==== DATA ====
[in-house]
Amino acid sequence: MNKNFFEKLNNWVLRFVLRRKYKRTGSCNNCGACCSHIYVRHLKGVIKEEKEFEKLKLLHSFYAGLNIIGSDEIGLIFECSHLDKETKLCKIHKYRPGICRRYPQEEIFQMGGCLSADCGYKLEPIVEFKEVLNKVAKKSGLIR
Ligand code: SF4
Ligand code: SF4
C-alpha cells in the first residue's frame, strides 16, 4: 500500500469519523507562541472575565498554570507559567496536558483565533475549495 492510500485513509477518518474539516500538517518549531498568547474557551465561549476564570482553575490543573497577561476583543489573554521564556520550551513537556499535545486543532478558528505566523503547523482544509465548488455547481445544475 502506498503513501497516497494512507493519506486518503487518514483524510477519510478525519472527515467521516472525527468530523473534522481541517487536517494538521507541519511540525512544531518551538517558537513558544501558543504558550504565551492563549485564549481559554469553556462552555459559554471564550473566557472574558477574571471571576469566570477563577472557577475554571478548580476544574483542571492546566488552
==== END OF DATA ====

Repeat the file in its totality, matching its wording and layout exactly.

[in-house]
Amino acid sequence: MNKNFFEKLNNWVLRFVLRRKYKRTGSCNNCGACCSHIYVRHLKGVIKEEKEFEKLKLLHSFYAGLNIIGSDEIGLIFECSHLDKETKLCKIHKYRPGICRRYPQEEIFQMGGCLSADCGYKLEPIVEFKEVLNKVAKKSGLIR
Ligand code: SF4
Ligand code: SF4
C-alpha cells in the first residue's frame, strides 16, 4: 500500500469519523507562541472575565498554570507559567496536558483565533475549495 492510500485513509477518518474539516500538517518549531498568547474557551465561549476564570482553575490543573497577561476583543489573554521564556520550551513537556499535545486543532478558528505566523503547523482544509465548488455547481445544475 502506498503513501497516497494512507493519506486518503487518514483524510477519510478525519472527515467521516472525527468530523473534522481541517487536517494538521507541519511540525512544531518551538517558537513558544501558543504558550504565551492563549485564549481559554469553556462552555459559554471564550473566557472574558477574571471571576469566570477563577472557577475554571478548580476544574483542571492546566488552